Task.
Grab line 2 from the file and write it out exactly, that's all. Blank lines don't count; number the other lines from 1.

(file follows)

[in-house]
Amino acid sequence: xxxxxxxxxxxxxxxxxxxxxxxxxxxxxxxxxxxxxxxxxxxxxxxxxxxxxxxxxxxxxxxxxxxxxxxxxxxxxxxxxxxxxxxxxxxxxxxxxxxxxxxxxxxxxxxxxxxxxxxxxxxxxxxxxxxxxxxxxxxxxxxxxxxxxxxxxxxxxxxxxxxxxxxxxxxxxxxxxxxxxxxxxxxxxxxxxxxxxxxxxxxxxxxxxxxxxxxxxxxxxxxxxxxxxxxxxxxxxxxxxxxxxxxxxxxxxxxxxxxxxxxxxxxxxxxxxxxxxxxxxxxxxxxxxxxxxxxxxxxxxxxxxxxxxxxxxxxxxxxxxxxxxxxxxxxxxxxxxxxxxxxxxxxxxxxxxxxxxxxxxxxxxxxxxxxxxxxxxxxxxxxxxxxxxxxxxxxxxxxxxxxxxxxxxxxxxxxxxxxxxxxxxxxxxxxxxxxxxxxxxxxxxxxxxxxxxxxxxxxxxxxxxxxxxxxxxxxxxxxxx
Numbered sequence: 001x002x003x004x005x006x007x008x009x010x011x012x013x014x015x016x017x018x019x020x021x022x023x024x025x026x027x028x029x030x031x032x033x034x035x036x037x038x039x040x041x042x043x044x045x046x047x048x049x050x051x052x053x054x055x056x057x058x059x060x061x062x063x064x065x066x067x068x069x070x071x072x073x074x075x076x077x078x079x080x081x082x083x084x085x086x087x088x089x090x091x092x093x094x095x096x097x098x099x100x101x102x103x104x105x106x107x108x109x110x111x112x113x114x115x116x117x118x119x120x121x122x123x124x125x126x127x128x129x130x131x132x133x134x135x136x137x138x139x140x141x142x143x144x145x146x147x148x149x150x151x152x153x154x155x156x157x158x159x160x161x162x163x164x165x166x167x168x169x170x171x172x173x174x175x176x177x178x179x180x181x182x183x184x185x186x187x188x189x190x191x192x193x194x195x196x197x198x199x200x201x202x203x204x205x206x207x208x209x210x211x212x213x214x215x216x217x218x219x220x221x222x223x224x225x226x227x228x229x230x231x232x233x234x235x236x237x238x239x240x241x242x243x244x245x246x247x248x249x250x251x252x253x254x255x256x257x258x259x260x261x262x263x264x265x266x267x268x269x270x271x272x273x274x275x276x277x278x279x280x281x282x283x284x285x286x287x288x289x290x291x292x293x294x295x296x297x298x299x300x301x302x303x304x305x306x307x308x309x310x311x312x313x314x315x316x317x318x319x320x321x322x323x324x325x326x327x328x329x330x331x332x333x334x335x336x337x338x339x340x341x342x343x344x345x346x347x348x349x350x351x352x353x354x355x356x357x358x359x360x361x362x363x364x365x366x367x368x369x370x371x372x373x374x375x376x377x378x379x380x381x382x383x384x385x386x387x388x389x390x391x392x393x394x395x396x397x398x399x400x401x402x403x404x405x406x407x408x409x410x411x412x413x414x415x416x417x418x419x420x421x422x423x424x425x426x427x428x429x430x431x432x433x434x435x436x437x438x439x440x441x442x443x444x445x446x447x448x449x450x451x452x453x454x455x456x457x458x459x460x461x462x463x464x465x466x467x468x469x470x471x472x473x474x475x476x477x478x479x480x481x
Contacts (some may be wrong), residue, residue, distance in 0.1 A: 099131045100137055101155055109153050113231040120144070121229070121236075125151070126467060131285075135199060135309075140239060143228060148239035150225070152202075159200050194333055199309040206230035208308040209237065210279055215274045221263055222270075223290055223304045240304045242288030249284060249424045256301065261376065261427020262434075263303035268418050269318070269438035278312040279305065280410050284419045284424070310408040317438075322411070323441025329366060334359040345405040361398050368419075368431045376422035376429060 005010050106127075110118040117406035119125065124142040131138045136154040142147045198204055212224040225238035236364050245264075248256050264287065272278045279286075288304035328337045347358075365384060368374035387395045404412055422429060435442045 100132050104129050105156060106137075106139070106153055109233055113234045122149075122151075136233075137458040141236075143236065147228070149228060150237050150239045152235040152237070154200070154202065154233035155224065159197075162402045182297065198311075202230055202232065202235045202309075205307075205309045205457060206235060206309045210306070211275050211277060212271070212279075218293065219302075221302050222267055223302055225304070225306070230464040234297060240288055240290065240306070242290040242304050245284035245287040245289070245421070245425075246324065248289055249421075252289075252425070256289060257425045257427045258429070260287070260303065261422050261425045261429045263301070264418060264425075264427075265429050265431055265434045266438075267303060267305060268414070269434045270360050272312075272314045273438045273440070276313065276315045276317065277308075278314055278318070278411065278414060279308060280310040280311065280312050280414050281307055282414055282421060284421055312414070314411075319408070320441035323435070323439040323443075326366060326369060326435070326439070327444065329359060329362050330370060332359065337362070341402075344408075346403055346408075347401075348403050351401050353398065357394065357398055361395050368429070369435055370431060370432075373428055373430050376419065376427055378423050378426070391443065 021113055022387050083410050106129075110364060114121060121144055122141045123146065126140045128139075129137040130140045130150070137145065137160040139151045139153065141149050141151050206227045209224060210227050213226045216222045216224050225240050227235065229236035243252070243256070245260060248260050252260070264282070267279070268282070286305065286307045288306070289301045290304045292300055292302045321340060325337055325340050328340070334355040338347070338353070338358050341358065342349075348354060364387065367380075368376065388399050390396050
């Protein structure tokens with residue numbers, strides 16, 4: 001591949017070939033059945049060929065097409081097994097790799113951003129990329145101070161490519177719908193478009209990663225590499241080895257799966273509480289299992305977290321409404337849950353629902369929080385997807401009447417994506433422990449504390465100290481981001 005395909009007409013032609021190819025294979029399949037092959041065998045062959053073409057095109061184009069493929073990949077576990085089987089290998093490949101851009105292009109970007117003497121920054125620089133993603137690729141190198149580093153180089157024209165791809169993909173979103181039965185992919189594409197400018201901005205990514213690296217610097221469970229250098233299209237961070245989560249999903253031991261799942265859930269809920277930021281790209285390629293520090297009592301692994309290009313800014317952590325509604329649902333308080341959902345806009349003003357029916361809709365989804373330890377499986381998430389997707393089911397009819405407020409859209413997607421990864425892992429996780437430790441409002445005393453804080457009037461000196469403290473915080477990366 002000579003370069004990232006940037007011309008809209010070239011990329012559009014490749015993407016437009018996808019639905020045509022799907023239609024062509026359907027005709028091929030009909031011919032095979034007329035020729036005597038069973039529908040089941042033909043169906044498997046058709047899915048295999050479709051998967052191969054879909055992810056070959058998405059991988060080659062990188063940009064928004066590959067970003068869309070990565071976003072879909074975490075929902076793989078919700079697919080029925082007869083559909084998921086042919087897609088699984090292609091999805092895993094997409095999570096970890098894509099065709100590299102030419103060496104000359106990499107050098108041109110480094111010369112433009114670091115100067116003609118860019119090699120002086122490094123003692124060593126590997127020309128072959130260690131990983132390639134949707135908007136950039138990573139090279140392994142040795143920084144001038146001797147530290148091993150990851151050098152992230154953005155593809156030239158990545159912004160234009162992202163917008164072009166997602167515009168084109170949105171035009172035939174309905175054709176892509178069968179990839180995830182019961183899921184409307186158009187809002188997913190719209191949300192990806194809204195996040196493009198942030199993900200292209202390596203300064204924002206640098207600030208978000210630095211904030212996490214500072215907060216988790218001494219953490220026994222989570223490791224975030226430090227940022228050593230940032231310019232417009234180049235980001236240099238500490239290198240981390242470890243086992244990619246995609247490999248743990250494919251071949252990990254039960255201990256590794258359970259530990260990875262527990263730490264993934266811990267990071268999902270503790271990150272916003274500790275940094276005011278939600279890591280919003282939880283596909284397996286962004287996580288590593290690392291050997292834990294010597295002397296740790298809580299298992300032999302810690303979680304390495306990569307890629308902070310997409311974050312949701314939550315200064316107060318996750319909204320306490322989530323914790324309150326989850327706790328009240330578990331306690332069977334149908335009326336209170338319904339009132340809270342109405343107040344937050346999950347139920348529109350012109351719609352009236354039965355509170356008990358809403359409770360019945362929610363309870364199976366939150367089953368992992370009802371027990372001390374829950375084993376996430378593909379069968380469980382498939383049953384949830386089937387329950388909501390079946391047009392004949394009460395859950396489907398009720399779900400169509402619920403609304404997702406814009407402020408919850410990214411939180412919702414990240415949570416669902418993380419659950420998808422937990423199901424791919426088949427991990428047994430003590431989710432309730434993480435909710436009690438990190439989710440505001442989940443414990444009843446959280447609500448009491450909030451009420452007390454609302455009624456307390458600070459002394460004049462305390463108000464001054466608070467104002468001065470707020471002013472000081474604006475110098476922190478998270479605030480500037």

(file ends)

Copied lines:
Amino acid sequence: xxxxxxxxxxxxxxxxxxxxxxxxxxxxxxxxxxxxxxxxxxxxxxxxxxxxxxxxxxxxxxxxxxxxxxxxxxxxxxxxxxxxxxxxxxxxxxxxxxxxxxxxxxxxxxxxxxxxxxxxxxxxxxxxxxxxxxxxxxxxxxxxxxxxxxxxxxxxxxxxxxxxxxxxxxxxxxxxxxxxxxxxxxxxxxxxxxxxxxxxxxxxxxxxxxxxxxxxxxxxxxxxxxxxxxxxxxxxxxxxxxxxxxxxxxxxxxxxxxxxxxxxxxxxxxxxxxxxxxxxxxxxxxxxxxxxxxxxxxxxxxxxxxxxxxxxxxxxxxxxxxxxxxxxxxxxxxxxxxxxxxxxxxxxxxxxxxxxxxxxxxxxxxxxxxxxxxxxxxxxxxxxxxxxxxxxxxxxxxxxxxxxxxxxxxxxxxxxxxxxxxxxxxxxxxxxxxxxxxxxxxxxxxxxxxxxxxxxxxxxxxxxxxxxxxxxxxxxxxxxx